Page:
quickly responded by cutting poor performers from its poultry supplier network. Its "I Commit" public relations push features KFC workers, including KFC China Chief Executive Sam Su, who said the chicken in China is the same as what's served at its restaurants around the world.
The message is not having the desired effect on Ao Kun, 25, an investment manager from Jiangxi Province.
The more KFC promotes its food quality, "the more I go off them," he said while eating a hamburger combo meal at Burger King. "They keep harking on about it again and again. It's not their competitors that are beating them, it's themselves."
An online poll of 1,000 Chinese conducted by ConsumerEdge Research during the first three weeks of November found that safety concerns remained prominent.
About 39 percent of survey respondents "strongly agreed" that they were concerned about antibiotics in KFC chicken, while 33 percent said the same about bird flu and KFC chicken.
Yum's sales, which fell sharply in late December 2012 after the antibiotic residue media report, took another hit from a bird flu outbreak in China in April.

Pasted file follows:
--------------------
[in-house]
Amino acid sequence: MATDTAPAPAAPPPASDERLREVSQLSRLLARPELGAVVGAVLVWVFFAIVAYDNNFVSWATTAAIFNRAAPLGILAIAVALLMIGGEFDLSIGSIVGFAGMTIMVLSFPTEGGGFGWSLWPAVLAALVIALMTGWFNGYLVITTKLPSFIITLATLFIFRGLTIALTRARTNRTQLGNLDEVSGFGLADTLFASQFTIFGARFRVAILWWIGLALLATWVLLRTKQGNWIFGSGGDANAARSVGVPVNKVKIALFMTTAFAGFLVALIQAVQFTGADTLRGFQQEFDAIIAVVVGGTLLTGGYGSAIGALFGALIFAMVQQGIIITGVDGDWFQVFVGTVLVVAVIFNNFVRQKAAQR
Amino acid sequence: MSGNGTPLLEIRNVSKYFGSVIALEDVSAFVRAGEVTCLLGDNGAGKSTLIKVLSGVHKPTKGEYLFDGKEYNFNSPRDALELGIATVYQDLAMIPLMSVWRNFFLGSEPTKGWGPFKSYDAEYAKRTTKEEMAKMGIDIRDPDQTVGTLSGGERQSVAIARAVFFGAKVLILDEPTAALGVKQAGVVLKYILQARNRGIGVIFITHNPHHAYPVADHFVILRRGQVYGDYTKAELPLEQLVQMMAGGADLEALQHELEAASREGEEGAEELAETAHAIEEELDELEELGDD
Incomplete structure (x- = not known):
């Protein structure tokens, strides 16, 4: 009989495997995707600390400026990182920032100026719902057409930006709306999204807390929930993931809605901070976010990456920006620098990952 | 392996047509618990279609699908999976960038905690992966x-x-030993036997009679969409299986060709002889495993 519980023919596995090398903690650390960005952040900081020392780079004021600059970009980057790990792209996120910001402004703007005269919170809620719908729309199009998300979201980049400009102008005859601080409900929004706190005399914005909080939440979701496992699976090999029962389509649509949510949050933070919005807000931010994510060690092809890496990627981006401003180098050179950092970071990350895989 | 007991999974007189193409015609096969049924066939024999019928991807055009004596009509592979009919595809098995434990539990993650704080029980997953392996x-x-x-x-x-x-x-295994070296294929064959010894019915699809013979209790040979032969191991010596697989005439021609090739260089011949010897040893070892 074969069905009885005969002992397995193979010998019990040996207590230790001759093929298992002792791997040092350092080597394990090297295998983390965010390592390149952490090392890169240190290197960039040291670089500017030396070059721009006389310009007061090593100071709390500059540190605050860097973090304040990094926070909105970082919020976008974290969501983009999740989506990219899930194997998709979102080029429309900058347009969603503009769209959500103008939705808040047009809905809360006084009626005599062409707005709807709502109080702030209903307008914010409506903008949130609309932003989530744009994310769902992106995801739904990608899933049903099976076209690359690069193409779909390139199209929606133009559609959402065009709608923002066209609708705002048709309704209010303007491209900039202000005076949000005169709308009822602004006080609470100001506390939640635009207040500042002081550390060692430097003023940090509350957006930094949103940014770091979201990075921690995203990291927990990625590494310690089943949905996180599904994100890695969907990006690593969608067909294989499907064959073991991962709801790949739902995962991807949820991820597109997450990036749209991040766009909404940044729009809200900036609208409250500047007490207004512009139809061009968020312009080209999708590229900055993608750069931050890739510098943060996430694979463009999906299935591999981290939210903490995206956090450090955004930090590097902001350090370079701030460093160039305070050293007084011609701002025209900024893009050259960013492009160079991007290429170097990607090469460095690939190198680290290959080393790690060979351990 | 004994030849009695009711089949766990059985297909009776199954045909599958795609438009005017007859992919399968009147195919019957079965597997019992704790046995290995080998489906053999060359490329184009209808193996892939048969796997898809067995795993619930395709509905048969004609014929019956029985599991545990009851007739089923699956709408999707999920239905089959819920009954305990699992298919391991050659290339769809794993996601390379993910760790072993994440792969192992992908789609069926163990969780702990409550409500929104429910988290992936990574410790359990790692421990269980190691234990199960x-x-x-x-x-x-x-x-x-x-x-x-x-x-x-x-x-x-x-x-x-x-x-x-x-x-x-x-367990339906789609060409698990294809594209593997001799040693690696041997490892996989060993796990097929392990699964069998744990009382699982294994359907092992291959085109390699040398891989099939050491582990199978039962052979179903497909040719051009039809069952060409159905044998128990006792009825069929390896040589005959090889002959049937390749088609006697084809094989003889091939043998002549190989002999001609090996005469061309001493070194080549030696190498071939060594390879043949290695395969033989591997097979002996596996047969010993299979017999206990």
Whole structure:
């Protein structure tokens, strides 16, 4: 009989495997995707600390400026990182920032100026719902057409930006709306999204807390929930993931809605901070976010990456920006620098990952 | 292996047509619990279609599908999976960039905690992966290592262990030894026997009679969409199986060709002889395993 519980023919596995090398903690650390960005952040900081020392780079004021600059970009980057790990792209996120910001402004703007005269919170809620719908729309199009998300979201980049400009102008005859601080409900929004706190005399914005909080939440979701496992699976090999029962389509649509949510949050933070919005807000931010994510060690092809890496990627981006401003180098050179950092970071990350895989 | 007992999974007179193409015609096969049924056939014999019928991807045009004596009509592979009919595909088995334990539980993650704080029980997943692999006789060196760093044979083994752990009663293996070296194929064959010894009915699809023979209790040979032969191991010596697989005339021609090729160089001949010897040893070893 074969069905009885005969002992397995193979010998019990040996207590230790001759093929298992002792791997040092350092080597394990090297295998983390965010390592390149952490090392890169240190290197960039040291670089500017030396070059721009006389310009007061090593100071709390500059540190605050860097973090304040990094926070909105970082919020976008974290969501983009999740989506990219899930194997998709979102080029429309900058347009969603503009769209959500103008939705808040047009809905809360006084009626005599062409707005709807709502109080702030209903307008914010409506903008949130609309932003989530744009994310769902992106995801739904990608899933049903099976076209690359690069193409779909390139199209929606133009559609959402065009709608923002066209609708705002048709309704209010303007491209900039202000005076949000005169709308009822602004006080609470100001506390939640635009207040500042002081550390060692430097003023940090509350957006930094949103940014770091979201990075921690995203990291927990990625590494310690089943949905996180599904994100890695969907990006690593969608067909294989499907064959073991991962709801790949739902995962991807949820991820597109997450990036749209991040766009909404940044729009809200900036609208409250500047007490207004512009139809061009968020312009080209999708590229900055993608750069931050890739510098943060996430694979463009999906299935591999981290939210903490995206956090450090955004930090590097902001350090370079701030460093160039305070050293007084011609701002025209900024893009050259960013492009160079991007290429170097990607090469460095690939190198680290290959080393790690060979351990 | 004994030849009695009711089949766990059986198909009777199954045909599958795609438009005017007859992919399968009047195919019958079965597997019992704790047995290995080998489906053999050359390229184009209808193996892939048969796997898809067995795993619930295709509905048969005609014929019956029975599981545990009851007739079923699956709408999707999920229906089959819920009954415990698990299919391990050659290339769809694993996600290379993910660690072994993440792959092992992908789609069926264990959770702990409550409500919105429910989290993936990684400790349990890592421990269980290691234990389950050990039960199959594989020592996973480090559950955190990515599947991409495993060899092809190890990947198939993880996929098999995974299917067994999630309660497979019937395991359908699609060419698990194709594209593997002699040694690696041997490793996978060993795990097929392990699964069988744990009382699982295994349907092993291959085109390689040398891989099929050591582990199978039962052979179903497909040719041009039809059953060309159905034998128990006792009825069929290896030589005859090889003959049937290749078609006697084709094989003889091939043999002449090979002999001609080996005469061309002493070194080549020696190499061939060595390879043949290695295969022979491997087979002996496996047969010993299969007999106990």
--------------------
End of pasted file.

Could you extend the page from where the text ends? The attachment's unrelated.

Worries about antibiotics in KFC chicken were strongest among women, low-income diners, people in the 18-to-34 age group, residents of China's largest cities and people who ate at KFC in the month before the survey.
"This antibiotic thing is really being stubborn," said Peter Reidhead, the ConsumerEdge analyst who runs the China survey.
Yum on Monday said sales at established KFC restaurants in China were flat for the month of November.
But a closer look at the results suggested that KFC continues to struggle. A limited-time half-price offer on buckets of KFC chicken fueled a 16 percent increase in same-restaurant sales for the first 10 days of November. But once the promotion expired, sales were down about 8 percent for the remainder of the month.
KFC China is not repeating the special in December.